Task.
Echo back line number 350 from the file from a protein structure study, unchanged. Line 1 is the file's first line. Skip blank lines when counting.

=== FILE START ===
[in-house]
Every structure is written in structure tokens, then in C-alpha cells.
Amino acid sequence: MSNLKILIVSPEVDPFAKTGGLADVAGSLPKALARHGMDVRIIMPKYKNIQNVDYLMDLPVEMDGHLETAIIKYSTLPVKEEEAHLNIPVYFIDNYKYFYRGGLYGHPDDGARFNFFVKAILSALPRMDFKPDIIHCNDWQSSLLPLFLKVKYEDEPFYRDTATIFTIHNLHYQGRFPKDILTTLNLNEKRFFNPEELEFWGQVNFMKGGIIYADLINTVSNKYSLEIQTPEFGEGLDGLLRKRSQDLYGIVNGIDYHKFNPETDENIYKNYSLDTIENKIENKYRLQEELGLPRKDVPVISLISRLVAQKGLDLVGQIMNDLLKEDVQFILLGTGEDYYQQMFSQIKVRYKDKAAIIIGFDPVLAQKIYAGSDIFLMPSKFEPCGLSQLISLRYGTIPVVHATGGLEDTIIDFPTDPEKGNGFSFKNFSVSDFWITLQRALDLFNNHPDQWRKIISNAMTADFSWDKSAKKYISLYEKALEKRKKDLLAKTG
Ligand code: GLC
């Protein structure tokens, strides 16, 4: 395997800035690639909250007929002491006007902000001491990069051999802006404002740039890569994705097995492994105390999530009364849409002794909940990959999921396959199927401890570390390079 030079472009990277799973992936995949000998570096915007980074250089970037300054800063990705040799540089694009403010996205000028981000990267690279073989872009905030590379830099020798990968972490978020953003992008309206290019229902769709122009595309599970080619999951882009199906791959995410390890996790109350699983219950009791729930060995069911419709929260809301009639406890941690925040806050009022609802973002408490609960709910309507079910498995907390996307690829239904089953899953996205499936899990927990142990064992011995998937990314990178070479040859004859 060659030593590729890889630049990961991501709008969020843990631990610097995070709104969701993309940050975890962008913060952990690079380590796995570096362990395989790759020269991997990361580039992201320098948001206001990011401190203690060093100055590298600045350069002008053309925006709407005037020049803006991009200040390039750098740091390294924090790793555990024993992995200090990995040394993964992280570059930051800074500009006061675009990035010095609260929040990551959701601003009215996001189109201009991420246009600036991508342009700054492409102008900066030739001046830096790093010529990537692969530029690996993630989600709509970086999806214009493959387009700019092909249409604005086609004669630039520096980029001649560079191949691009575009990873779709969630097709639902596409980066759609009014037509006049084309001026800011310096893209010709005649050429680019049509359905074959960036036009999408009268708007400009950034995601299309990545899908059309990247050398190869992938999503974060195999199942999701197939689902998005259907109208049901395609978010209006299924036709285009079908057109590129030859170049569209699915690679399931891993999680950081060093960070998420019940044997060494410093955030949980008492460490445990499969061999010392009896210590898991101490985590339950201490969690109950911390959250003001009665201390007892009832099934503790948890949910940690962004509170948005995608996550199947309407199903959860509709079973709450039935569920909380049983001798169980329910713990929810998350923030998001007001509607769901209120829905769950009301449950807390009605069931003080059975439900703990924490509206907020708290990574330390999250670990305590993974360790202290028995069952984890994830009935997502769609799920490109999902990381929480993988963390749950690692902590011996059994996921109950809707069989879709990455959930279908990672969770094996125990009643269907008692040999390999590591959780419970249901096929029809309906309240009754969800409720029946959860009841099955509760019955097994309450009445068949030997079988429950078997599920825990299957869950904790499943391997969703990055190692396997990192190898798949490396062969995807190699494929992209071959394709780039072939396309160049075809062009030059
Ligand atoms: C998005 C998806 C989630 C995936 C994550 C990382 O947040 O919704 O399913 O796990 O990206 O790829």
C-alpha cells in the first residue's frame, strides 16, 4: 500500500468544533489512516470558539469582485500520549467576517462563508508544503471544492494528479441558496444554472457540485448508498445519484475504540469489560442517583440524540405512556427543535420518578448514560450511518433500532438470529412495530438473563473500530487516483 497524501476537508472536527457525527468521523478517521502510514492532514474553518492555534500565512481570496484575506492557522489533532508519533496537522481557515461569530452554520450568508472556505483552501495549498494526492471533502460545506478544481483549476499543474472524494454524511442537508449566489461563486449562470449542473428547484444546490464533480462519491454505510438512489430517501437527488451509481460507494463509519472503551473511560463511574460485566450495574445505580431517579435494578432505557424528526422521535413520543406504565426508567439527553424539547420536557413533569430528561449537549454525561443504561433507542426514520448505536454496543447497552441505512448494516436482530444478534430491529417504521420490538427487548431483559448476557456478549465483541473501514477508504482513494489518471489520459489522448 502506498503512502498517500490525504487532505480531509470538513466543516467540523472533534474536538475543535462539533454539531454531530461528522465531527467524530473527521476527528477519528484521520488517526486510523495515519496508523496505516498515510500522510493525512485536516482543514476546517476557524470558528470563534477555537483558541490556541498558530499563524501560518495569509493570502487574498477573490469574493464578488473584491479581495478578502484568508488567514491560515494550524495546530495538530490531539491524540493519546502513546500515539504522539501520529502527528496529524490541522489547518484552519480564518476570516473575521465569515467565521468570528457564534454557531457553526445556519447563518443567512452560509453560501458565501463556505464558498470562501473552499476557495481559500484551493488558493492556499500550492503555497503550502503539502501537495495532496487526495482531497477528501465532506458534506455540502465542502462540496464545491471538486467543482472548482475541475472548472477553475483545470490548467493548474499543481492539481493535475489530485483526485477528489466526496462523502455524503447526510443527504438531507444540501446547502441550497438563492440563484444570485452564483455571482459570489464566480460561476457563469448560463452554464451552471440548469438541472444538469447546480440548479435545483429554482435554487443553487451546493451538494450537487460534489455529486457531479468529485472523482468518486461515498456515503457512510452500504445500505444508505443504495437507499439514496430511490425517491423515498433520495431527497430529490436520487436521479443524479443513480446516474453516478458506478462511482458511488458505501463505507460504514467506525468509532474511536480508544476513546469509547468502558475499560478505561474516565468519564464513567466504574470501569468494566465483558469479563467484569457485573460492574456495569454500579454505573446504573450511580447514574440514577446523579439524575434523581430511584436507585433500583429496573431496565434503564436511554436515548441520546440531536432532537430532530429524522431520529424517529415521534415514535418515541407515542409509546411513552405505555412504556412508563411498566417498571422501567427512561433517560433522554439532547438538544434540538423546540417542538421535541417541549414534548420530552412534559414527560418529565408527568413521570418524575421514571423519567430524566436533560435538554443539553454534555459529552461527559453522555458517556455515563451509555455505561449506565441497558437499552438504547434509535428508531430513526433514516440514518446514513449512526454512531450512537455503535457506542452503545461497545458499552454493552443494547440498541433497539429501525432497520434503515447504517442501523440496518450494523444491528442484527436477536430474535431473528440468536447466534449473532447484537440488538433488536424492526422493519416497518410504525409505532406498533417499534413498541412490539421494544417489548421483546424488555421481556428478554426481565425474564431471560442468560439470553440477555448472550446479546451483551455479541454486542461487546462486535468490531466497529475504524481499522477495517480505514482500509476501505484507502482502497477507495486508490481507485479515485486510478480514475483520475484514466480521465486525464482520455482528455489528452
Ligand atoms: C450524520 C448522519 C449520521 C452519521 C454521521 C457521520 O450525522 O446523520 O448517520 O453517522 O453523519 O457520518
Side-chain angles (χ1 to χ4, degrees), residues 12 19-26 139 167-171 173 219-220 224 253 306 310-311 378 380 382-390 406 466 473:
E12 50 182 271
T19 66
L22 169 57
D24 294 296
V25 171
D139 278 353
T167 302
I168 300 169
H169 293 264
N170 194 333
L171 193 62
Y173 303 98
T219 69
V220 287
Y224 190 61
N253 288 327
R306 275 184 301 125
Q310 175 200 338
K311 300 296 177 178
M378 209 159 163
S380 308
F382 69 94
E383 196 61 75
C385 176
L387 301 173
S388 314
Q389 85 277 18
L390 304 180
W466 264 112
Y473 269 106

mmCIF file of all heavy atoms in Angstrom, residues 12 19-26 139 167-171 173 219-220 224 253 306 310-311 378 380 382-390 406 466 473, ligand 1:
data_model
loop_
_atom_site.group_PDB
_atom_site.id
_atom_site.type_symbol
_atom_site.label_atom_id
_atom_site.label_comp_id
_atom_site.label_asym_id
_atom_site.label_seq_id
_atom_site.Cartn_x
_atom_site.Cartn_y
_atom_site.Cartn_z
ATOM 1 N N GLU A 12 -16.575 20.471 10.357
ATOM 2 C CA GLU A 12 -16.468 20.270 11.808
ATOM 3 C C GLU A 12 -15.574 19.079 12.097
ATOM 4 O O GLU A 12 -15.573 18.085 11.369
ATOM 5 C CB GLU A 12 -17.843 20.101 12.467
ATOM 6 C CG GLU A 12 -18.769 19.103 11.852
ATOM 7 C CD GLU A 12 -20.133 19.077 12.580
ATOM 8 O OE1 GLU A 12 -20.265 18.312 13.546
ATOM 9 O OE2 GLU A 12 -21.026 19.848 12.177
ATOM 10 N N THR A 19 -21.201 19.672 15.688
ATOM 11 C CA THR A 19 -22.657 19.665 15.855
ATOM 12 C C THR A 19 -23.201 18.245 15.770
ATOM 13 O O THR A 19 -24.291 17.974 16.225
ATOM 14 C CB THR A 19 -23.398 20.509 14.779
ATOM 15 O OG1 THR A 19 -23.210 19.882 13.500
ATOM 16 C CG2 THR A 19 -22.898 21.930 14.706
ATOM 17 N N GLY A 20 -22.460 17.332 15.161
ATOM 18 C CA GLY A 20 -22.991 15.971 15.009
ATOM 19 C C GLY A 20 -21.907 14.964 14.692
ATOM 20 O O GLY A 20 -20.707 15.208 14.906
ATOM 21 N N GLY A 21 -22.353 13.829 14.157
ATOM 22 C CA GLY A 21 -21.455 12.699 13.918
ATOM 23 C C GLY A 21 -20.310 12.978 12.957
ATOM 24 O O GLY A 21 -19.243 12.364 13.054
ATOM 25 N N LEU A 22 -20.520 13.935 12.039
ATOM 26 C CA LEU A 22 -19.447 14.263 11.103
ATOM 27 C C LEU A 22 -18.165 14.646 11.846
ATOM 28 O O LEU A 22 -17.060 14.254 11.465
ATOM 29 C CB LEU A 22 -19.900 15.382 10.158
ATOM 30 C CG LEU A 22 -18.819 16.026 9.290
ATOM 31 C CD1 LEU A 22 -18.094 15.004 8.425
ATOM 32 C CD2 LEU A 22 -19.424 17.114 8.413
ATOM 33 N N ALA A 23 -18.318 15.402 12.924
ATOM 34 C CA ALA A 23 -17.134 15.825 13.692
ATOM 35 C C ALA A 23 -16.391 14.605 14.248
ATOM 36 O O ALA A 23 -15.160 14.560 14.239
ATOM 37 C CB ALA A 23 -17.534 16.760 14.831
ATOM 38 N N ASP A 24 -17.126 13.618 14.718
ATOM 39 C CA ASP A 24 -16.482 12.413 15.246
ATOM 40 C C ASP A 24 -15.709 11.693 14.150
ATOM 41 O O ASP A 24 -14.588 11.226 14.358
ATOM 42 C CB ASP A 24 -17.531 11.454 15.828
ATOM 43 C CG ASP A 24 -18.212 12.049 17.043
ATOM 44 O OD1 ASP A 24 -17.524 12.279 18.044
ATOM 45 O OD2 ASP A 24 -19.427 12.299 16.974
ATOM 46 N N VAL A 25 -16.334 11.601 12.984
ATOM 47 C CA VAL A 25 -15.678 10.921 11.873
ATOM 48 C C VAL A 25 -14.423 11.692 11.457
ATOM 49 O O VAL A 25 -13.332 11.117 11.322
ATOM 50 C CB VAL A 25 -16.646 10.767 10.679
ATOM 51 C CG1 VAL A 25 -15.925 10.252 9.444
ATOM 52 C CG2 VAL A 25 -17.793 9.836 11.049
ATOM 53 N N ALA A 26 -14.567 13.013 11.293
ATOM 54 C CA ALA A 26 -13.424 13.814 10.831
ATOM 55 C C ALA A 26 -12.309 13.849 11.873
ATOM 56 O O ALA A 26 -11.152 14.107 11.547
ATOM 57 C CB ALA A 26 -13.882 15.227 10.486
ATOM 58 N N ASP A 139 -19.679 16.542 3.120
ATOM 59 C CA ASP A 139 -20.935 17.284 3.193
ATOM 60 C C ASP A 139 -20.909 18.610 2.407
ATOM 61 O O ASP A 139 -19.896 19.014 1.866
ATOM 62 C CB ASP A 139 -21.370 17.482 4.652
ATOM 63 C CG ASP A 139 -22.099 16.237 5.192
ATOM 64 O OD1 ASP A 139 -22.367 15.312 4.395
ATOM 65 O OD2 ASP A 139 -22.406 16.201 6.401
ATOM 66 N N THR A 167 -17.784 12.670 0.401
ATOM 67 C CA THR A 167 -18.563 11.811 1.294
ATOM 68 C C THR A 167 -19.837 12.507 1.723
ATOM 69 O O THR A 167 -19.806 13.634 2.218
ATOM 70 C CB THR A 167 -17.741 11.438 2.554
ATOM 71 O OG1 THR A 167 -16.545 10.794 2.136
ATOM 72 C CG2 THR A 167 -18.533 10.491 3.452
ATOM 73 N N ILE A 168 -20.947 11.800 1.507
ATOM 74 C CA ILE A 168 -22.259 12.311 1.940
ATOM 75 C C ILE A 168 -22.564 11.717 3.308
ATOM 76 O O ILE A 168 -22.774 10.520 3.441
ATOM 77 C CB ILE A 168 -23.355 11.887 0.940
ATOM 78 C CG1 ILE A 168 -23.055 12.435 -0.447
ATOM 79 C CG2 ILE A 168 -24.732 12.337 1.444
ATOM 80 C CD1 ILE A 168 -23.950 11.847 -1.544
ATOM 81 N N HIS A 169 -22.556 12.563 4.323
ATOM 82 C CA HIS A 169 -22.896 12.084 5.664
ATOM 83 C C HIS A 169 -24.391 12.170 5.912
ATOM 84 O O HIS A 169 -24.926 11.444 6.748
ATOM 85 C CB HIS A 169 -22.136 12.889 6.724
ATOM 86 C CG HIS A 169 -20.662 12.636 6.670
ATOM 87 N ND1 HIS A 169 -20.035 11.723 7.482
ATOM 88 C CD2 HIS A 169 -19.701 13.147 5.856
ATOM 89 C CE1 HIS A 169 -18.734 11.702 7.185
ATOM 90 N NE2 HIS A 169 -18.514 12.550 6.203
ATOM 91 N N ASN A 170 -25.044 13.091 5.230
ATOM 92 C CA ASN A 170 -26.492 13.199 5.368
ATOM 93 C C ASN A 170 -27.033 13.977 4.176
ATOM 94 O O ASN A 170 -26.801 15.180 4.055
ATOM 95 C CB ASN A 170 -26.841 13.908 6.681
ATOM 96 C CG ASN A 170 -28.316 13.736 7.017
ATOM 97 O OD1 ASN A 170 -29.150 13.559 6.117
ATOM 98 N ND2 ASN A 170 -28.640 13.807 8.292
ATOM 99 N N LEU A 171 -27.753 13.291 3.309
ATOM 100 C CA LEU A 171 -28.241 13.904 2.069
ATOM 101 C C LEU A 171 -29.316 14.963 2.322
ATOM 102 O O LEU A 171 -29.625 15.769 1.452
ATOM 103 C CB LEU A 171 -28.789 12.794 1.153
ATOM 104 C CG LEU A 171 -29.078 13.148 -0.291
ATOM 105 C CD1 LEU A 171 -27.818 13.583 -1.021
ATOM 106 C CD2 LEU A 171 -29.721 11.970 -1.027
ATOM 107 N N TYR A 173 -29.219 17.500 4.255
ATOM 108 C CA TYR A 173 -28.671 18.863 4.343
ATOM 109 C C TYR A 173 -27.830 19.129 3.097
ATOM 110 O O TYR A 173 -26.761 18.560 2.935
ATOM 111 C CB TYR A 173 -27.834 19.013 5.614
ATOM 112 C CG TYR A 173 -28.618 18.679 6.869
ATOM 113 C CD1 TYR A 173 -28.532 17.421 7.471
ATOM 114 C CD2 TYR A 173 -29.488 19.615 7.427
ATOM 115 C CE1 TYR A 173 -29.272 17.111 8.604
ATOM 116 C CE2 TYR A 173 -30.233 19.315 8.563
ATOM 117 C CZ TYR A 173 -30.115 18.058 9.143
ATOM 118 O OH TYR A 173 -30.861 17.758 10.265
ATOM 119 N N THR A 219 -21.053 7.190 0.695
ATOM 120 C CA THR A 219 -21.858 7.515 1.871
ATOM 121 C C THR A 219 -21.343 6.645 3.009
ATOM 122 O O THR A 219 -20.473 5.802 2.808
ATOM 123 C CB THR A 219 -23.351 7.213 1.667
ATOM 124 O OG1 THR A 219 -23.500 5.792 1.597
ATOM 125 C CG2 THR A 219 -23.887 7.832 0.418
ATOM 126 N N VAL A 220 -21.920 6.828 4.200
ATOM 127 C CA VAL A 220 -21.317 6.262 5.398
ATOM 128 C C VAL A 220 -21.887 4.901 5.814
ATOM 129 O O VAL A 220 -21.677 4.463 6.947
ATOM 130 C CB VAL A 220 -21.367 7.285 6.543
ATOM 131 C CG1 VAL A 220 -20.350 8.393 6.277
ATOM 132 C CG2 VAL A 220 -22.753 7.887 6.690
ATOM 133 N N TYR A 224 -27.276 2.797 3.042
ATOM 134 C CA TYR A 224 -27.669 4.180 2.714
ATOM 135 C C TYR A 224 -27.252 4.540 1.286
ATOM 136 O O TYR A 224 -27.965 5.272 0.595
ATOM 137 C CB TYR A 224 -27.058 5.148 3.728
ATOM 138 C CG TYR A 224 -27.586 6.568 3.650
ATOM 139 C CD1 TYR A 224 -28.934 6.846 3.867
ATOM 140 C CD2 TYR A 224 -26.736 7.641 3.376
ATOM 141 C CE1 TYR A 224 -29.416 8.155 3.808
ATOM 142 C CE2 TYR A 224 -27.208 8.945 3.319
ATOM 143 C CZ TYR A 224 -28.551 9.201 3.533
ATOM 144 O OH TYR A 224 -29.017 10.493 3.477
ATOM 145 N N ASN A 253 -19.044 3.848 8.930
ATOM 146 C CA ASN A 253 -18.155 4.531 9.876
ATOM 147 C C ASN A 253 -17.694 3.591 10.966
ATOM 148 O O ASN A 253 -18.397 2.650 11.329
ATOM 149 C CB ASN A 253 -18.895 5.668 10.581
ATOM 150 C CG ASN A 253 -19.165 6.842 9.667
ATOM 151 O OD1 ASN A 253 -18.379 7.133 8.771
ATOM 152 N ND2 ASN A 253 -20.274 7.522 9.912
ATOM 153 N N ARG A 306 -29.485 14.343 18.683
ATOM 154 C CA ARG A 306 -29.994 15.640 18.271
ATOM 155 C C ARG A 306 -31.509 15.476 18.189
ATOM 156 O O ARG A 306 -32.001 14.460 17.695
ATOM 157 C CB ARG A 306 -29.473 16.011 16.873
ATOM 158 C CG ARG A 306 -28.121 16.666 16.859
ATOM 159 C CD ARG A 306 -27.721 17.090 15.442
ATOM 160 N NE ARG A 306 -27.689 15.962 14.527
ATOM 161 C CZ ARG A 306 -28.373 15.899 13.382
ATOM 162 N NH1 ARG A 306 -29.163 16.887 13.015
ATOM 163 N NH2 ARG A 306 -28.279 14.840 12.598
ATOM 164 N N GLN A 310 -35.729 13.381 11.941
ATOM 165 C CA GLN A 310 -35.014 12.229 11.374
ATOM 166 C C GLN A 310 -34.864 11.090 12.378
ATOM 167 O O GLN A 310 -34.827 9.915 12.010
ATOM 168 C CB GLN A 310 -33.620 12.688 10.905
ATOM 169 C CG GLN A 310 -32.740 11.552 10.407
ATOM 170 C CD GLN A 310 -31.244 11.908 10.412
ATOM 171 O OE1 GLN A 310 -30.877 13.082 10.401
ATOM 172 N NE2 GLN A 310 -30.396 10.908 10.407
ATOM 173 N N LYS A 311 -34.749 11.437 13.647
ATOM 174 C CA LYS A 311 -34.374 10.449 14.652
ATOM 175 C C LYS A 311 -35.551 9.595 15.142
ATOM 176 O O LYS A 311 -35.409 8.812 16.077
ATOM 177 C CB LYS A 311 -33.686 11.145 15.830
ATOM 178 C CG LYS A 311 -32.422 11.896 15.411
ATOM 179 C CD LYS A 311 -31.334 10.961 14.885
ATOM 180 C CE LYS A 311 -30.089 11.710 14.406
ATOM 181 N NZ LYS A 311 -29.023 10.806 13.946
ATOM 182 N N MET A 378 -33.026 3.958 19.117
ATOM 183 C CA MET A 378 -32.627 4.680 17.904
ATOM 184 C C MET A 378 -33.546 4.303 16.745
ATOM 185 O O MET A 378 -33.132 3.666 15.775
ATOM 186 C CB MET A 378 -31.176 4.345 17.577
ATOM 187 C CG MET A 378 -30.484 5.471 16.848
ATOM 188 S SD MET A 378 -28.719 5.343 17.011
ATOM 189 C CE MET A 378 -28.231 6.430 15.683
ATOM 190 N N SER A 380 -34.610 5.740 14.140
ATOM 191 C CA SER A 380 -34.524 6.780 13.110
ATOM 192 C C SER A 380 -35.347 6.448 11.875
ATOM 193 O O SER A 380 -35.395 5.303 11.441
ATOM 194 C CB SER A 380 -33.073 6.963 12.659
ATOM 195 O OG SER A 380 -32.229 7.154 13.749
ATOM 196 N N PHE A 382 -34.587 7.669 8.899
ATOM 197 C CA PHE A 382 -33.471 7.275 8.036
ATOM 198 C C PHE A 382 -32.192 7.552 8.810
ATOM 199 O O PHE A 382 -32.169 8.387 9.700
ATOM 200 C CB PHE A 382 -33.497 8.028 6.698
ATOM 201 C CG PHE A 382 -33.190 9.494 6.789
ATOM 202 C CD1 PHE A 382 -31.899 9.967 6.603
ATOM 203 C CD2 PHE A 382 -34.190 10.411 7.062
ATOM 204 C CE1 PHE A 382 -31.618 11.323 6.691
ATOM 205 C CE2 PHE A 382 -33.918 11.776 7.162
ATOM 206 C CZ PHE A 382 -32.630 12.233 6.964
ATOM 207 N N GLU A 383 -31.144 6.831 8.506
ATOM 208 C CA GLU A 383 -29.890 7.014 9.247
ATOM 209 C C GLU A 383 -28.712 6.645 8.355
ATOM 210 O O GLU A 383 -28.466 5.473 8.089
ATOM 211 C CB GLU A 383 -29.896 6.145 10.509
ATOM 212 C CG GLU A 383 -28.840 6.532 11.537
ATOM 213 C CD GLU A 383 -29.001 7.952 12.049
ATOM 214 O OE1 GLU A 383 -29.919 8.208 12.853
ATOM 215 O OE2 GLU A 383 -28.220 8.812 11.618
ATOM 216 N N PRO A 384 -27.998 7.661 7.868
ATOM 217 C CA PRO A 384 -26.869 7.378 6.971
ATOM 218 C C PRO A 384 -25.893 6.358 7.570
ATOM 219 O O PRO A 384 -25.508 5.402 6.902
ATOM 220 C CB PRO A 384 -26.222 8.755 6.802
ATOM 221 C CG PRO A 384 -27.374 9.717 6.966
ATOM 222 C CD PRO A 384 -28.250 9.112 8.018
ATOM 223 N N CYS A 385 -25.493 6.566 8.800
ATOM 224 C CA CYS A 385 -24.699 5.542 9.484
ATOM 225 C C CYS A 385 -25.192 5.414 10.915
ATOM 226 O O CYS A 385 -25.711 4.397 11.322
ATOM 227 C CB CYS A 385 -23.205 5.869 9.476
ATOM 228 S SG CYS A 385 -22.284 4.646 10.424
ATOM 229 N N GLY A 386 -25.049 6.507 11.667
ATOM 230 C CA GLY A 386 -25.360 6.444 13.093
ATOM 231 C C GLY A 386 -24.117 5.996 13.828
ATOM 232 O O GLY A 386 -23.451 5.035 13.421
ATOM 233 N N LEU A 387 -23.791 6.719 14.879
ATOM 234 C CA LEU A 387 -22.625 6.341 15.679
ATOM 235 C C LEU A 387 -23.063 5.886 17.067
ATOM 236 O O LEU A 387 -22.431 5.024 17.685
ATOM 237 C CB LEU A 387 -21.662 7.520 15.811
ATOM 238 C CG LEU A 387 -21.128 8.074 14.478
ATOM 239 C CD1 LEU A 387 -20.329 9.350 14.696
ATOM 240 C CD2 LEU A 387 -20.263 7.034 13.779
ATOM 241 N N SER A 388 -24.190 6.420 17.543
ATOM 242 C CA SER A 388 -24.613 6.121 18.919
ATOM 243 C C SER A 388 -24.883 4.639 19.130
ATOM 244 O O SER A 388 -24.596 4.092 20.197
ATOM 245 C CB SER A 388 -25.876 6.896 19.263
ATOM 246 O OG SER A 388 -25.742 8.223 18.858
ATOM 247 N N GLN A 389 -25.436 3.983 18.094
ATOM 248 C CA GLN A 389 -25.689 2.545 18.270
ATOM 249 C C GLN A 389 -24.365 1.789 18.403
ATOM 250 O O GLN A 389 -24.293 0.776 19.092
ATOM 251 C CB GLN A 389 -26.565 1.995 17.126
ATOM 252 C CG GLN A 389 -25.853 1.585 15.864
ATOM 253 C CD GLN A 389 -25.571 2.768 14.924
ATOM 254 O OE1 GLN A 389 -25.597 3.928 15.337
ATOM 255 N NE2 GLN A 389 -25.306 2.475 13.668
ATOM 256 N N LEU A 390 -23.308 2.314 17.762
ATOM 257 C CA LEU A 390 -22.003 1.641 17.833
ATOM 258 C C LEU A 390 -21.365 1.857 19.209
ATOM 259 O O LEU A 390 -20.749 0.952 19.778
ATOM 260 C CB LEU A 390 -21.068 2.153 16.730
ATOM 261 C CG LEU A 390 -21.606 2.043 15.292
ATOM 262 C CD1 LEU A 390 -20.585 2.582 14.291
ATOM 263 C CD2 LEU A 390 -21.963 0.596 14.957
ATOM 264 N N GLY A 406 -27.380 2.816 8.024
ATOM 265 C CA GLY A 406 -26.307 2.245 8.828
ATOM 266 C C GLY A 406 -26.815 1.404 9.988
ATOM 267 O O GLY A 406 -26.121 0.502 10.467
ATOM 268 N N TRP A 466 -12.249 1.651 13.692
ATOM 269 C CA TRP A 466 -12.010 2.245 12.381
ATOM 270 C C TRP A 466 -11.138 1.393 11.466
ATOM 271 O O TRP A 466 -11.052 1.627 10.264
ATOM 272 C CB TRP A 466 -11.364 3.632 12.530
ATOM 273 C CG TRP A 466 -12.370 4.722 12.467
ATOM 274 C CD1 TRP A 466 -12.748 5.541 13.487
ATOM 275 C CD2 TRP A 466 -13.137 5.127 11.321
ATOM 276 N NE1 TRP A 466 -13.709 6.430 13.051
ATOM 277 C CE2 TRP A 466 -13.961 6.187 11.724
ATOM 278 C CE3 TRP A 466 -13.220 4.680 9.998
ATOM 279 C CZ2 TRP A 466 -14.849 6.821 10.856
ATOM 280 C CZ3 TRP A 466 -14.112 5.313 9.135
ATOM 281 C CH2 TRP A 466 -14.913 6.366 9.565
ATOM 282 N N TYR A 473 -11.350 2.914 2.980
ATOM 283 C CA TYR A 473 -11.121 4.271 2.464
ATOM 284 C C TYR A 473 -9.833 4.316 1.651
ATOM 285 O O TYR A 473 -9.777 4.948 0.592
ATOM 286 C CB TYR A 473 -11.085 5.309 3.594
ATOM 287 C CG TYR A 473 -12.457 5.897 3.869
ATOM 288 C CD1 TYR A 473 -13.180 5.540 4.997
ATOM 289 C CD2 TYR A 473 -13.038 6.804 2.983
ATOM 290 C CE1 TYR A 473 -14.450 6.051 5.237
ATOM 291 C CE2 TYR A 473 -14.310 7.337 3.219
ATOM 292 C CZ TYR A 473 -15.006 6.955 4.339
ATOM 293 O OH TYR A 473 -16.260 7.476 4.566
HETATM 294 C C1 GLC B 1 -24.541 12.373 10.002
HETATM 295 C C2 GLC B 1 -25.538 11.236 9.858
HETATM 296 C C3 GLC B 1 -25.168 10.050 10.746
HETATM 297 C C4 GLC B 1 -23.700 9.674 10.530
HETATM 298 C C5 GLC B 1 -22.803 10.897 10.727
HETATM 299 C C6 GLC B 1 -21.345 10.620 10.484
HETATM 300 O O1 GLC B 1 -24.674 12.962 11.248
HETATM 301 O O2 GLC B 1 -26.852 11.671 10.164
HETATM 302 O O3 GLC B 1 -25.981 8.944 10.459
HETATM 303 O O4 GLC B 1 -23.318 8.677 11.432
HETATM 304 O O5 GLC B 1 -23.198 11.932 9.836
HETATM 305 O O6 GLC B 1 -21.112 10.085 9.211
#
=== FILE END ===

HETATM 298 C C5 GLC B 1 -22.803 10.897 10.727